After a day or two, he replied that the company found that my CV does not have their required experience. I reminded him that it would be more appropriate to send the CV first and then find more personal information. He vigorously defended his stance, and CC'd the "co-founder" of his company so that the co-founder can support him. Interestingly the co-founder never replied to my email, defending his employee. Probably the co-founder is busy, fishing for the product (i.e., potential employees).

Part of the email communications are given below (omitting personal information):

Tim says:
Thank you…

What is your

Current salary:
Desired Salary:
Notice Period:
Visa Status:


I shared with him in detail the notice period and visa status, though I explained to him why it is not relevant to discuss the salary right now.

I later indicated him:

A piece of suggestion: Pls consult the employer next time on getting the first reply before asking personal questions such as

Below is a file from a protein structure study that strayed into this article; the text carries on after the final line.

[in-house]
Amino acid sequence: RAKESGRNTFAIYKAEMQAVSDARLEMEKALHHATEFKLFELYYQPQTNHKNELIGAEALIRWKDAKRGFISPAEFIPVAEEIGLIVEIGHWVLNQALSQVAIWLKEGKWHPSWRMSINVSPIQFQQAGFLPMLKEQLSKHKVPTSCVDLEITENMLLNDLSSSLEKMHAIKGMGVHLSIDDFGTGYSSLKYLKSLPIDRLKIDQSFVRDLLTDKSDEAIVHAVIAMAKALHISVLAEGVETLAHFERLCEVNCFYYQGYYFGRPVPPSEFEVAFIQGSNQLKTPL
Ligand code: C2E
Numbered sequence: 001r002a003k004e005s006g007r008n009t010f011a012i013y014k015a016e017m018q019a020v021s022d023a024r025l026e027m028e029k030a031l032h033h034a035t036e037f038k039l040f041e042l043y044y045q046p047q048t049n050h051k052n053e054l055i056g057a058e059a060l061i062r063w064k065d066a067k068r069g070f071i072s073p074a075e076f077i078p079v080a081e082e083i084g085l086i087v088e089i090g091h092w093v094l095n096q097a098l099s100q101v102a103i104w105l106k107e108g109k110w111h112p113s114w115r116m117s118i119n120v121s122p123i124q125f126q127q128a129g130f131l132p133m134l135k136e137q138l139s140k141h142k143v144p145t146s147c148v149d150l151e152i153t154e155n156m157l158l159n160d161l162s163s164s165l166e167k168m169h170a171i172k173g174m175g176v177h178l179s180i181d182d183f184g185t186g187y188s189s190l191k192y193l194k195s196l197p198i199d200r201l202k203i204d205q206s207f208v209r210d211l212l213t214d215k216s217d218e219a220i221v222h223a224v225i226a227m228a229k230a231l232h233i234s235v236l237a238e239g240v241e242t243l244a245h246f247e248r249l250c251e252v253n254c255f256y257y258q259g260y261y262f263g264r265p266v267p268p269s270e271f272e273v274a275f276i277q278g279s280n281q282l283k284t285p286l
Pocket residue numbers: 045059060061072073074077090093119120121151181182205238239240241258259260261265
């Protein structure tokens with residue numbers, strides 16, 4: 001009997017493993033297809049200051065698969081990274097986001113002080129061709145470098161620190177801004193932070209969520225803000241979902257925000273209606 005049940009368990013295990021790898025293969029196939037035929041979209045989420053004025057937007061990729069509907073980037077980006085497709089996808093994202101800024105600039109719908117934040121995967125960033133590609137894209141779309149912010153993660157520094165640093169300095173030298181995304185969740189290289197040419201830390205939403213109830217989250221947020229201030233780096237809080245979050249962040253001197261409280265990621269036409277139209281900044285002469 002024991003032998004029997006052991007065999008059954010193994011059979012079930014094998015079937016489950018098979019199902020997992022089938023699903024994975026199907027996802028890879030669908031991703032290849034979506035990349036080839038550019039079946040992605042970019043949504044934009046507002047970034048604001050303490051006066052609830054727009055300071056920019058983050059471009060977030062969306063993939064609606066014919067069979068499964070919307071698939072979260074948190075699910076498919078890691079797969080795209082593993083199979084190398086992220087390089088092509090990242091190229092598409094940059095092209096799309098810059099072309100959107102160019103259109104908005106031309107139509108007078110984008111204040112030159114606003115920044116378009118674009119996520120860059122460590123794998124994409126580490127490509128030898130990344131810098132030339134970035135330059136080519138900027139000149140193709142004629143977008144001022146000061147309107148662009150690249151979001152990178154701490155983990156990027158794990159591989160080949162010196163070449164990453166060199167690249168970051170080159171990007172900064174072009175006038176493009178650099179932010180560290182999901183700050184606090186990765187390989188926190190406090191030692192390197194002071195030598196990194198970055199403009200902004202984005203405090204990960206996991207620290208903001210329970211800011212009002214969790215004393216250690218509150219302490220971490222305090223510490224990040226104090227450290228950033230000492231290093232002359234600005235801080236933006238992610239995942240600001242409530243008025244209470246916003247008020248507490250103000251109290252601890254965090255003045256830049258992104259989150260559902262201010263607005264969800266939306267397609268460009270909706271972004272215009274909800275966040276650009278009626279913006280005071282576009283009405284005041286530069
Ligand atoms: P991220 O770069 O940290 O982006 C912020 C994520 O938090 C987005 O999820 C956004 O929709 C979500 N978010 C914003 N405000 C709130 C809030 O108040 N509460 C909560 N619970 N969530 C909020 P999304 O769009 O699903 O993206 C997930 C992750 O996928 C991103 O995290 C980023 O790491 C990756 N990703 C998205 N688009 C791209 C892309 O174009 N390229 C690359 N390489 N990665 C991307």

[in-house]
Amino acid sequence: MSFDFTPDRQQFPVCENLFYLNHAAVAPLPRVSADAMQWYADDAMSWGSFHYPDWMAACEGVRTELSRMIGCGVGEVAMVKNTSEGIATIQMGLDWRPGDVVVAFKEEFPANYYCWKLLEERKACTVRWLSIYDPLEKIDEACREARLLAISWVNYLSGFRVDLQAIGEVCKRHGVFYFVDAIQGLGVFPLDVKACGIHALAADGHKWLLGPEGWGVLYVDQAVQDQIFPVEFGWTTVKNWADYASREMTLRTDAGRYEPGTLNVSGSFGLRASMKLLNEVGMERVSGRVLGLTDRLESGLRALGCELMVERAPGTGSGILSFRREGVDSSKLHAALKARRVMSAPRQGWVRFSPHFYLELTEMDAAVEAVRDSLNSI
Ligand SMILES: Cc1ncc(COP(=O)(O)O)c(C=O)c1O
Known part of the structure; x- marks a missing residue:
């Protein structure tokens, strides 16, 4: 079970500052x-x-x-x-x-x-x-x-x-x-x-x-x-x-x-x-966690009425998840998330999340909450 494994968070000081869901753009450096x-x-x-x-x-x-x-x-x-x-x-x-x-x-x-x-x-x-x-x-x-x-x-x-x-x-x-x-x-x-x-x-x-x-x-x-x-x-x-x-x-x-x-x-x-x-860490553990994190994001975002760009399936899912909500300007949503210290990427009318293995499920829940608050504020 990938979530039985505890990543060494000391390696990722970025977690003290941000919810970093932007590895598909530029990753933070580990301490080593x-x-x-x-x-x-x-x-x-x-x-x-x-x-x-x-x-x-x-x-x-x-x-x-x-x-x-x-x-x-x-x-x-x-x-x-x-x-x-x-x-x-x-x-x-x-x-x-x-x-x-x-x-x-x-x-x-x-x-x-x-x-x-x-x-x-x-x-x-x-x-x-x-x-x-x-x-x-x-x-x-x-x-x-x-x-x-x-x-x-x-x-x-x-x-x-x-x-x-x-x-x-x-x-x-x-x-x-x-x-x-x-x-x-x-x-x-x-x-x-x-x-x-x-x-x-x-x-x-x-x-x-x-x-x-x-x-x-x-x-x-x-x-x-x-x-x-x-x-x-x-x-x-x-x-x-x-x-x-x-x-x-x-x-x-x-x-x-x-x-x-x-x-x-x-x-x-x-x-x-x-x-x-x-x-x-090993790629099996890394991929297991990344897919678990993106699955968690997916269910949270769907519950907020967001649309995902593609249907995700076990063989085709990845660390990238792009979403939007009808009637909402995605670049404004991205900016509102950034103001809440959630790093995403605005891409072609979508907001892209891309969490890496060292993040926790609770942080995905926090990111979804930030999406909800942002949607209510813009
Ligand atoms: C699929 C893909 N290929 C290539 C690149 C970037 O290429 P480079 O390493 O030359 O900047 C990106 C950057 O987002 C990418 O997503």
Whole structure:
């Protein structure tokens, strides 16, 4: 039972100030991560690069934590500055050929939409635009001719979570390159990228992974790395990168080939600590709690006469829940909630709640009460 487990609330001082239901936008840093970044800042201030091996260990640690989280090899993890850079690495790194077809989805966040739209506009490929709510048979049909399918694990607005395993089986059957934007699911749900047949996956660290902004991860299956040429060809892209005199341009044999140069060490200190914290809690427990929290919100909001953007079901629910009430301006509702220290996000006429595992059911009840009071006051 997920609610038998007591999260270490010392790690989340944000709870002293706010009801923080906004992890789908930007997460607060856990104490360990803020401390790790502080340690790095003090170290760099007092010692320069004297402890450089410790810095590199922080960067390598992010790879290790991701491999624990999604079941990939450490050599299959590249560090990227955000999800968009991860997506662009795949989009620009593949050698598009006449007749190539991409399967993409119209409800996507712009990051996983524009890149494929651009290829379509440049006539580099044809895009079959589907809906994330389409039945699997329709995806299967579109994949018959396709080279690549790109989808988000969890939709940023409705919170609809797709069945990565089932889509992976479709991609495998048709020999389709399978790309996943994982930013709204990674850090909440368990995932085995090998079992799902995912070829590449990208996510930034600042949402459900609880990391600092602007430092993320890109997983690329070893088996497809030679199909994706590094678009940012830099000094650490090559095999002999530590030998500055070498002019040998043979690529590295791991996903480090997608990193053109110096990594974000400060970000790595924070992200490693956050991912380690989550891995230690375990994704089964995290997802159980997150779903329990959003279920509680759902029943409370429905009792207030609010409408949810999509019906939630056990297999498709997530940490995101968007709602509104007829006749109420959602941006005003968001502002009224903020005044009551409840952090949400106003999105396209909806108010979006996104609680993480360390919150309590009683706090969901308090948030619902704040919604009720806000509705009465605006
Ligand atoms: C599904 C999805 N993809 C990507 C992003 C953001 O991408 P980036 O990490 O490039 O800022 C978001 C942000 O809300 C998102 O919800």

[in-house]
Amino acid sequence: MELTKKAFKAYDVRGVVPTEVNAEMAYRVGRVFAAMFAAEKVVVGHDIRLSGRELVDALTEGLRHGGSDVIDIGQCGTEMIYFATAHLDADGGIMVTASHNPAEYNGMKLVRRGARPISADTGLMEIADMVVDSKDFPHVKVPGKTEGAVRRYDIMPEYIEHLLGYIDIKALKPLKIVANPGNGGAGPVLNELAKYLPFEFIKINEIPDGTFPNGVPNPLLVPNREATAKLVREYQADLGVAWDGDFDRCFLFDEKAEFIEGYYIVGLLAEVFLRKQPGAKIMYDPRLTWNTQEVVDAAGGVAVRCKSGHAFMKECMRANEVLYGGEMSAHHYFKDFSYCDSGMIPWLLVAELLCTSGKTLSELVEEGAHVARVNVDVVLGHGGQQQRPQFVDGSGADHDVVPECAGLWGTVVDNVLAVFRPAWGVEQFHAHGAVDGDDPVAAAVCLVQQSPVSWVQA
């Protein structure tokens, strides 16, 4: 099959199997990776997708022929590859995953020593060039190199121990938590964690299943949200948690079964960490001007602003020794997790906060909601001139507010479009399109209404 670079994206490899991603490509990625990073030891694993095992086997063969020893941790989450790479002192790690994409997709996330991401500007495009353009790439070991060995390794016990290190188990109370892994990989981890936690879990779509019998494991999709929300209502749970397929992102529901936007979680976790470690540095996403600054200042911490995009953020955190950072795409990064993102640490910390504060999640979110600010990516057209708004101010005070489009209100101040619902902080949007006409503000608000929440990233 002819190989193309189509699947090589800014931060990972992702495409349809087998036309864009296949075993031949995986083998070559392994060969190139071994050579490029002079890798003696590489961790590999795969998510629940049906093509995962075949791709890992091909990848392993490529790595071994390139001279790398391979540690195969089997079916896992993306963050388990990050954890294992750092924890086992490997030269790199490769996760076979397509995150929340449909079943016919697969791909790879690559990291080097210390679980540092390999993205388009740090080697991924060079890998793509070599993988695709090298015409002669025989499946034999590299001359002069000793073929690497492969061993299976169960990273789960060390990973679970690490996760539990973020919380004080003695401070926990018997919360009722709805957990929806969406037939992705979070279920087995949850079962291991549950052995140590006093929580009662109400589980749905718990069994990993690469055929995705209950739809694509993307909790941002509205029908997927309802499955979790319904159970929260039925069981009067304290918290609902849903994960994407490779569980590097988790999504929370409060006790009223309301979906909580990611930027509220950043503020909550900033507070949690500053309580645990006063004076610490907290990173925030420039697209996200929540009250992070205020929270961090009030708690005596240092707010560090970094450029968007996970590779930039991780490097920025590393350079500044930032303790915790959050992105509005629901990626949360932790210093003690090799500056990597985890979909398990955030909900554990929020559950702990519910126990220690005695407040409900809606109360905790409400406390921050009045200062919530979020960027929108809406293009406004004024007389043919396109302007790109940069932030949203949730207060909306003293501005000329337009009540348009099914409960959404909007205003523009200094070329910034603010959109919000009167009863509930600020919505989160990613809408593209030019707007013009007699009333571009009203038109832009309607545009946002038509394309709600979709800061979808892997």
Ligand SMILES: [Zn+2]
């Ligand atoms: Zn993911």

Current salary:
Desired Salary:

Notice Period:
Visa Status:
These questions can be left  a later stage. Especially the salary details can be left to the final stages of the interview.

It wastes both of our time and invades my privacy unnecessarily. It did not reflect well on Provide. I will share my feedback with Provide later on this aspect.




Tim replies back sooner.


Hi Pradeeban,

Thanks for your thoughts. Unfortunately, I must whole heartedly disagree with:
These questions can be left at a latter stage. Specially the salary details can be left to the final stages of the interview”. We need to know this information prior to submitting your CV… this is basic information all clients ask for prior to submission, it is part of our SLA agreement. It saves wasting time with potential candidates who’s salaries not online with client budgets budgets, have maybe inflated salary expectations, visa issues that we cannot support or too long a notice period if we need a hire to start within a month.